Berry liqueurs, packed with sweet, concentrated flavor, are often relegated to cocktails as a supporting ingredient. A prime example of such behavior is the classic cassis-tinged Kir Royale. But it’s high time these brightly hued liqueurs get their time in the spotlight. Particularly with the examples from producers both young and long established, it’s a great time to explore what’s on offer. These berry liqueurs need no accompaniment and are the perfect finale to a feast. Here’s how you can have your fruit salad and drink it too.
Made in Langley, WA, this blackberry liqueur looks to the area’s abundance of wild blackberries for inspiration. It employs Black Diamond blackberries, which are infused in brandy distilled from grapes that are grown within the state. Whidbey Distillery, which opened in 2009, also makes a liqueur from loganberries, a blackberry-raspberry hybrid.
Made by famed French cognac house Maison Ferrand, this liqueur uses three kinds of raspberries with varying color intensity and flavor to achieve its lively character. The brightly colored Lloyd George berries hail from Scotland. Meanwhile, the aromatic Rosé de Plombières and Violette de Boux are both grown in Burgundy. A blend of these berries is first pureed and then infused into distillate to extract as much flavor as possible. It’s then strained and blended with water and sugar before the liqueur is ultimately bottled at 18% ABV.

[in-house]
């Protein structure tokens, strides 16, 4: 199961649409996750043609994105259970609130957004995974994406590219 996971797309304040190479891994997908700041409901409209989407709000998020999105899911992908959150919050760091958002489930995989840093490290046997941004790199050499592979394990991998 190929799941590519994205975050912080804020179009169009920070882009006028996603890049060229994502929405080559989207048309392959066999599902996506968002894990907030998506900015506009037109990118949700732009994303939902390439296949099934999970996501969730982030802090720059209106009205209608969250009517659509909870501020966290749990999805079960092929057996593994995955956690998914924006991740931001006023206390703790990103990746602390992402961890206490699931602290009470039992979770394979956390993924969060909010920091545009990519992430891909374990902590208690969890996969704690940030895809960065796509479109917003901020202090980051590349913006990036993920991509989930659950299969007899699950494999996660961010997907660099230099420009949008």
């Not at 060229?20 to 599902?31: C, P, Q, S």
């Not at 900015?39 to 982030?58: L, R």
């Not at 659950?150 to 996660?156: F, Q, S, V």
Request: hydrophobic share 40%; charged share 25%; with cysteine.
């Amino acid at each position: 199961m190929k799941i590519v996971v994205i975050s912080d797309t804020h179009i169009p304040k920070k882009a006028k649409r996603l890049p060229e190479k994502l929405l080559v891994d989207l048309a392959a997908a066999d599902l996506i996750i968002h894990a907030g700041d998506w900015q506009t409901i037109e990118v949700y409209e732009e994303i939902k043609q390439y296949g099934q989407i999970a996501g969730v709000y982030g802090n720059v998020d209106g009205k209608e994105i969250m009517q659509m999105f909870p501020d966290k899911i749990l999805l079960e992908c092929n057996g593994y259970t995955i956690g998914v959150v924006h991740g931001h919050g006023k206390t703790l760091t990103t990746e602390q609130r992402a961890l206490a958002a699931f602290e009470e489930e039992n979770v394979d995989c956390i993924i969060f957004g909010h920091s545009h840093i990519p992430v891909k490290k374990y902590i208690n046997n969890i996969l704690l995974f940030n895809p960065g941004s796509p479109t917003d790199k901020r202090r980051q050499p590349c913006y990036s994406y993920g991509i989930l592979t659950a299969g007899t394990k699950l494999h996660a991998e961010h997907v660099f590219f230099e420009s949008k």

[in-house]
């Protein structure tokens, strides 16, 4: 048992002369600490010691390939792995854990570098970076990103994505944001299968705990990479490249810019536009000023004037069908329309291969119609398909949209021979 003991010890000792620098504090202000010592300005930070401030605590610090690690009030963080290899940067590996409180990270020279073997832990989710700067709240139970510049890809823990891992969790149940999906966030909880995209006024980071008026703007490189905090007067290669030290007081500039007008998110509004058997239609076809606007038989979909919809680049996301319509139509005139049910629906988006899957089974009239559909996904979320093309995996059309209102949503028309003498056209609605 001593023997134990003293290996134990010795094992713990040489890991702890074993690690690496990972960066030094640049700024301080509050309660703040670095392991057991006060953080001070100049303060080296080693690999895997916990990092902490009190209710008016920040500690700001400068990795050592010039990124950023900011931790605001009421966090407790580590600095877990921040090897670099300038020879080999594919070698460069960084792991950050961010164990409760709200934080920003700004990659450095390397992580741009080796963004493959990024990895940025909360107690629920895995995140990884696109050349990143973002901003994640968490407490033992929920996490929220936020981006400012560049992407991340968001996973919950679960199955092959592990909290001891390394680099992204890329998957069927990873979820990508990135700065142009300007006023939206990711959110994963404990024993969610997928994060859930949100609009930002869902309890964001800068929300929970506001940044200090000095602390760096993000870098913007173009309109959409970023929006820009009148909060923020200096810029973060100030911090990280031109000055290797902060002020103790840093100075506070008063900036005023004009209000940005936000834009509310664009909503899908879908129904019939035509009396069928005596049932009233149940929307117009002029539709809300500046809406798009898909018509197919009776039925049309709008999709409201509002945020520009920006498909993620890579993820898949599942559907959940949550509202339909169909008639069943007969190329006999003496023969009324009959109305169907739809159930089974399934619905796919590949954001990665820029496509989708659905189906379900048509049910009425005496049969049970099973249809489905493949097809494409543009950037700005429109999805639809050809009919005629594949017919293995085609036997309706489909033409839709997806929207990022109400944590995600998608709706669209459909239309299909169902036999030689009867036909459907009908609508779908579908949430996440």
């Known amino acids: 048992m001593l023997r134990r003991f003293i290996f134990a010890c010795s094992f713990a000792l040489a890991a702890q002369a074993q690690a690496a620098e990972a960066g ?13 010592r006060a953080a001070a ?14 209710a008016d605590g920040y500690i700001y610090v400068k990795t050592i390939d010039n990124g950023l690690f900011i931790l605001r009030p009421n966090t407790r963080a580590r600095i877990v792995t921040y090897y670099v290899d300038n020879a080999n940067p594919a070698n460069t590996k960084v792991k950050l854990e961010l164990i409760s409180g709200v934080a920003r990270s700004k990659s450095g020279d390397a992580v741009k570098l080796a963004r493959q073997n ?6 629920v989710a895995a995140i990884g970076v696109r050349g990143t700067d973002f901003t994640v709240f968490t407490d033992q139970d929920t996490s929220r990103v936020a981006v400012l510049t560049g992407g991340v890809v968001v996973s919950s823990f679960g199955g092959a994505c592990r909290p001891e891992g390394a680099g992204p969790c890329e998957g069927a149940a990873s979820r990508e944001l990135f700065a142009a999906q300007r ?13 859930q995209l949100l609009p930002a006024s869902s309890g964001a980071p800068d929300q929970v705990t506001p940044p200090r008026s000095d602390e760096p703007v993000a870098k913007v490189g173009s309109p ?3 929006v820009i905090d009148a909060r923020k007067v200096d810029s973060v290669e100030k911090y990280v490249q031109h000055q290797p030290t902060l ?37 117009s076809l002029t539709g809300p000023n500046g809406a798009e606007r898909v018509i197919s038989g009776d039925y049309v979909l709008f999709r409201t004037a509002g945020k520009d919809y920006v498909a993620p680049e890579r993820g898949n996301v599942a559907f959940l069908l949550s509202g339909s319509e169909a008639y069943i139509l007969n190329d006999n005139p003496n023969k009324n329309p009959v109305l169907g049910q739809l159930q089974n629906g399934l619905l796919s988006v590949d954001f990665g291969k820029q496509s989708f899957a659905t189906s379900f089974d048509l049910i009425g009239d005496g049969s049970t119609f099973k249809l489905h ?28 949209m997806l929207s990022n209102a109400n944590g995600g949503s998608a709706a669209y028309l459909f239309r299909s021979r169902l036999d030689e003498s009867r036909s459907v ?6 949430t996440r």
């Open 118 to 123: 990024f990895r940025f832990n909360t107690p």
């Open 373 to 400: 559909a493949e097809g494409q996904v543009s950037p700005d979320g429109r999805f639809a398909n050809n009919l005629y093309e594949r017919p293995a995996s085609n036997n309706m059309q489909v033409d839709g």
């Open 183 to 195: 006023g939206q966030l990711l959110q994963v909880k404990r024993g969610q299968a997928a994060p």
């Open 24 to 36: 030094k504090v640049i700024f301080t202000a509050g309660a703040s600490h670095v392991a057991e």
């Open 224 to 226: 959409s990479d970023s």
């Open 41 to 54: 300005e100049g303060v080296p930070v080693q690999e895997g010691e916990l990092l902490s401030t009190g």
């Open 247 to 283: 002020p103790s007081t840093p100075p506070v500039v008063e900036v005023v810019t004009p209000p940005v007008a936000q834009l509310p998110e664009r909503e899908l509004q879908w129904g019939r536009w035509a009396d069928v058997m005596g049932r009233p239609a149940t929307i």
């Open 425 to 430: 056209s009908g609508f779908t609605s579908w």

Though you’re more likely to find blueberries packed into baked goods or blended into smoothies, this fruit works wonders when channeled into a liqueur. Vermont Distillery, makers of the Metcalfe line of liqueurs, makes this berry liqueur by blending its 100% corn vodka with juices from wild Maine blueberries. It’s just one in the distillery’s line of appealing liqueurs, which also includes raspberry, peach, and maple flavors.
A French producer that’s been around for more than a century, Giffard is known for its wide range of fruit and spice liqueurs. This particular offering is made from wild strawberries infused in spirit and bottled at a mild 16% ABV. What it lacks in alcohol, however, it makes up for with the familiar aroma and flavor of jammy and slightly tart strawberries. Furthermore, it has a pleasing color that’s akin to the deep hue of in-season berries.
Chicago’s Apologue prides itself on using locally sourced ingredients that exhibit regional flavors. A type of Midwest-native chokeberry, the deep purple aronia takes the lead here, and is bolstered by the addition of raspberries and cherries—hence its bright ruby color. A blend of lavender, rosehip and cinnamon are among other ingredients used here. It’s sweetened with the addition of organic cane sugar to allow drinkers to fully enjoy its vibrant personality.